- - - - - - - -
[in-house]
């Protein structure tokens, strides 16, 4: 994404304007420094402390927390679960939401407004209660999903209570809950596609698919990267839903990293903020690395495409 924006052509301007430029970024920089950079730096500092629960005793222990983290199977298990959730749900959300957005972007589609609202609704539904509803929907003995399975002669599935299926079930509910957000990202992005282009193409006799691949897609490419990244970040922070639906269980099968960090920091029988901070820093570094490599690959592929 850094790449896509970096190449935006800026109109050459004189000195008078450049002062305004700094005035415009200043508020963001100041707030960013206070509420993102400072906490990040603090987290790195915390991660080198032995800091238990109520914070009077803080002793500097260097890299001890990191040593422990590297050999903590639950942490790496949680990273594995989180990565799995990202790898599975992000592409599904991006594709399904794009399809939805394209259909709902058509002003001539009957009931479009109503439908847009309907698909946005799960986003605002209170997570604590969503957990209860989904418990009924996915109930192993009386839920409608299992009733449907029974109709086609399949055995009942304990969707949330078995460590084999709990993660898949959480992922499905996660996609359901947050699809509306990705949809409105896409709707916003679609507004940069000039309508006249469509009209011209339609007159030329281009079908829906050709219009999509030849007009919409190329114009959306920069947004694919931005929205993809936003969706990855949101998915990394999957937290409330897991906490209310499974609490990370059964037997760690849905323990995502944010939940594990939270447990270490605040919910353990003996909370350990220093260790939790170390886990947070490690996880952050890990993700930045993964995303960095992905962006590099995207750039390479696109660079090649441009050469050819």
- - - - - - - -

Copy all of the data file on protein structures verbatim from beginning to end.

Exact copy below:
[in-house]
């Protein structure tokens, strides 16, 4: 994404304007420094402390927390679960939401407004209660999903209570809950596609698919990267839903990293903020690395495409 924006052509301007430029970024920089950079730096500092629960005793222990983290199977298990959730749900959300957005972007589609609202609704539904509803929907003995399975002669599935299926079930509910957000990202992005282009193409006799691949897609490419990244970040922070639906269980099968960090920091029988901070820093570094490599690959592929 850094790449896509970096190449935006800026109109050459004189000195008078450049002062305004700094005035415009200043508020963001100041707030960013206070509420993102400072906490990040603090987290790195915390991660080198032995800091238990109520914070009077803080002793500097260097890299001890990191040593422990590297050999903590639950942490790496949680990273594995989180990565799995990202790898599975992000592409599904991006594709399904794009399809939805394209259909709902058509002003001539009957009931479009109503439908847009309907698909946005799960986003605002209170997570604590969503957990209860989904418990009924996915109930192993009386839920409608299992009733449907029974109709086609399949055995009942304990969707949330078995460590084999709990993660898949959480992922499905996660996609359901947050699809509306990705949809409105896409709707916003679609507004940069000039309508006249469509009209011209339609007159030329281009079908829906050709219009999509030849007009919409190329114009959306920069947004694919931005929205993809936003969706990855949101998915990394999957937290409330897991906490209310499974609490990370059964037997760690849905323990995502944010939940594990939270447990270490605040919910353990003996909370350990220093260790939790170390886990947070490690996880952050890990993700930045993964995303960095992905962006590099995207750039390479696109660079090649441009050469050819």